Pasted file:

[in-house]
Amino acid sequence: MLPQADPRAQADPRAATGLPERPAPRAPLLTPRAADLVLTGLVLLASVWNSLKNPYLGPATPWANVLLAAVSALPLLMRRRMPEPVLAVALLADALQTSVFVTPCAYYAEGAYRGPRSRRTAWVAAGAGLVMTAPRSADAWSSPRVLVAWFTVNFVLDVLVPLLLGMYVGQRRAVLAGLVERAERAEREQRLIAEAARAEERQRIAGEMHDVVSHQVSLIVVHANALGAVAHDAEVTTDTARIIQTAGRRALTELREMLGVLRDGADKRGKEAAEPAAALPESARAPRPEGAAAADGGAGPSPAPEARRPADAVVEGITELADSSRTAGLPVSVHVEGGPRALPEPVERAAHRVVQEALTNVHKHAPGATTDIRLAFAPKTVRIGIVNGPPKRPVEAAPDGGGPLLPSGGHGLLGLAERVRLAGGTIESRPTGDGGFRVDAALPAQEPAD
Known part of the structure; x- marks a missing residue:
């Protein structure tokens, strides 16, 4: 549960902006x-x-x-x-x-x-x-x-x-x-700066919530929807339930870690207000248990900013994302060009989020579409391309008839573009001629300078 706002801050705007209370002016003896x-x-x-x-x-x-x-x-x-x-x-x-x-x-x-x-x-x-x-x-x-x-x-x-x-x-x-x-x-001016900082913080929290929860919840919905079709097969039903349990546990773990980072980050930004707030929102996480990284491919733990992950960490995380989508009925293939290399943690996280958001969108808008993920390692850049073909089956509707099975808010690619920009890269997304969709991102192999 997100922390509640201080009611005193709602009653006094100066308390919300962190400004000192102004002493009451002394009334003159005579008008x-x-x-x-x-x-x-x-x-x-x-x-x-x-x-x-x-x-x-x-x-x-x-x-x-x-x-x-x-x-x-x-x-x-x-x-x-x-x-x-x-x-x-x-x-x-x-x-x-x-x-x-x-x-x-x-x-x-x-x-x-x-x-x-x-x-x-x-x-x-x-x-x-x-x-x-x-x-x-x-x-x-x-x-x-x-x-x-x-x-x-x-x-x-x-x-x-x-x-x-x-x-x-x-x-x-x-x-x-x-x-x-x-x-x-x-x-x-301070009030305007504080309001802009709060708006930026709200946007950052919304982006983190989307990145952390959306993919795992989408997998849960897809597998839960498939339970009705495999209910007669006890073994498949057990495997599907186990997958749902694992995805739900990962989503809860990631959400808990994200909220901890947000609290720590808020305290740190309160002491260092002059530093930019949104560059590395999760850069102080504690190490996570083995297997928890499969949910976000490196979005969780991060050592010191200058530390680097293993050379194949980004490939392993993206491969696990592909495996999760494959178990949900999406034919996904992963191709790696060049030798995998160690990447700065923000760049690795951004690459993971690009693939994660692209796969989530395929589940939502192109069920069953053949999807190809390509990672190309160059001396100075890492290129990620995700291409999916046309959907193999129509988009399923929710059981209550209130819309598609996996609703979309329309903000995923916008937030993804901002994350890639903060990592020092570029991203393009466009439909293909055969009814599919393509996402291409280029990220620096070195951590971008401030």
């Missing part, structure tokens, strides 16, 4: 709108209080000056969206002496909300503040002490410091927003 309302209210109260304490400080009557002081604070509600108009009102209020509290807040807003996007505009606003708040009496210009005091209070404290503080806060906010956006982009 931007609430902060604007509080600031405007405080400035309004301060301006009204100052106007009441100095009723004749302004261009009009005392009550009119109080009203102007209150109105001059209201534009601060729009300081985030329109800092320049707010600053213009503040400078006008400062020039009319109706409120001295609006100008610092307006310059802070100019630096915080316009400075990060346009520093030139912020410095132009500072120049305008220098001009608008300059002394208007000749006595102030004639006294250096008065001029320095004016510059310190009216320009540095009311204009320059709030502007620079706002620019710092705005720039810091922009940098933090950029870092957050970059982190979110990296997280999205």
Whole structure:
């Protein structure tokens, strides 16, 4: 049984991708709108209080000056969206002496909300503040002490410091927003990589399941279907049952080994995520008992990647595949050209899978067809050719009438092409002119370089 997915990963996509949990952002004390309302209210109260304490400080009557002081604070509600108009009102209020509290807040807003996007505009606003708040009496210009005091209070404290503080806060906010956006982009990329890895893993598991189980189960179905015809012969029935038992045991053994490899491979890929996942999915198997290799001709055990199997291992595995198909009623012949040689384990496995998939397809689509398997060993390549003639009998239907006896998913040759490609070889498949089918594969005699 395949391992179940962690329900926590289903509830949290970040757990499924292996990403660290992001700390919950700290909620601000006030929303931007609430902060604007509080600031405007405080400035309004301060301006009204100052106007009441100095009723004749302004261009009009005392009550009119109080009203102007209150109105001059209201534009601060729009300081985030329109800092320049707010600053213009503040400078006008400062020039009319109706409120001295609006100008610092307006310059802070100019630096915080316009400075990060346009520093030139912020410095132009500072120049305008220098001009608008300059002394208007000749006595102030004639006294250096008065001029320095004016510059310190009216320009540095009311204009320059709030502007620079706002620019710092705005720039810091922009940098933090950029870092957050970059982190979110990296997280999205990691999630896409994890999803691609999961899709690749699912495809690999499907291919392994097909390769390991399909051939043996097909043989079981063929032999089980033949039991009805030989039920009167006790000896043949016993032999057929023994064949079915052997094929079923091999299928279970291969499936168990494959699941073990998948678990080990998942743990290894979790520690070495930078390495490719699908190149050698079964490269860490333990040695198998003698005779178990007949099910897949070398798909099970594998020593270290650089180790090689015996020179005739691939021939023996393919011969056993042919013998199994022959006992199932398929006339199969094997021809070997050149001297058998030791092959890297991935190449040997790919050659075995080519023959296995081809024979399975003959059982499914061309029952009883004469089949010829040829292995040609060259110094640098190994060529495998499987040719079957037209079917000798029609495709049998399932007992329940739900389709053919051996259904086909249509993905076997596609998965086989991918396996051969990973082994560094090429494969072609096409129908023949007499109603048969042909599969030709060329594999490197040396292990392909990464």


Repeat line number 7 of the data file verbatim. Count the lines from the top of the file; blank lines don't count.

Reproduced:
């Protein structure tokens, strides 16, 4: 049984991708709108209080000056969206002496909300503040002490410091927003990589399941279907049952080994995520008992990647595949050209899978067809050719009438092409002119370089 997915990963996509949990952002004390309302209210109260304490400080009557002081604070509600108009009102209020509290807040807003996007505009606003708040009496210009005091209070404290503080806060906010956006982009990329890895893993598991189980189960179905015809012969029935038992045991053994490899491979890929996942999915198997290799001709055990199997291992595995198909009623012949040689384990496995998939397809689509398997060993390549003639009998239907006896998913040759490609070889498949089918594969005699 395949391992179940962690329900926590289903509830949290970040757990499924292996990403660290992001700390919950700290909620601000006030929303931007609430902060604007509080600031405007405080400035309004301060301006009204100052106007009441100095009723004749302004261009009009005392009550009119109080009203102007209150109105001059209201534009601060729009300081985030329109800092320049707010600053213009503040400078006008400062020039009319109706409120001295609006100008610092307006310059802070100019630096915080316009400075990060346009520093030139912020410095132009500072120049305008220098001009608008300059002394208007000749006595102030004639006294250096008065001029320095004016510059310190009216320009540095009311204009320059709030502007620079706002620019710092705005720039810091922009940098933090950029870092957050970059982190979110990296997280999205990691999630896409994890999803691609999961899709690749699912495809690999499907291919392994097909390769390991399909051939043996097909043989079981063929032999089980033949039991009805030989039920009167006790000896043949016993032999057929023994064949079915052997094929079923091999299928279970291969499936168990494959699941073990998948678990080990998942743990290894979790520690070495930078390495490719699908190149050698079964490269860490333990040695198998003698005779178990007949099910897949070398798909099970594998020593270290650089180790090689015996020179005739691939021939023996393919011969056993042919013998199994022959006992199932398929006339199969094997021809070997050149001297058998030791092959890297991935190449040997790919050659075995080519023959296995081809024979399975003959059982499914061309029952009883004469089949010829040829292995040609060259110094640098190994060529495998499987040719079957037209079917000798029609495709049998399932007992329940739900389709053919051996259904086909249509993905076997596609998965086989991918396996051969990973082994560094090429494969072609096409129908023949007499109603048969042909599969030709060329594999490197040396292990392909990464």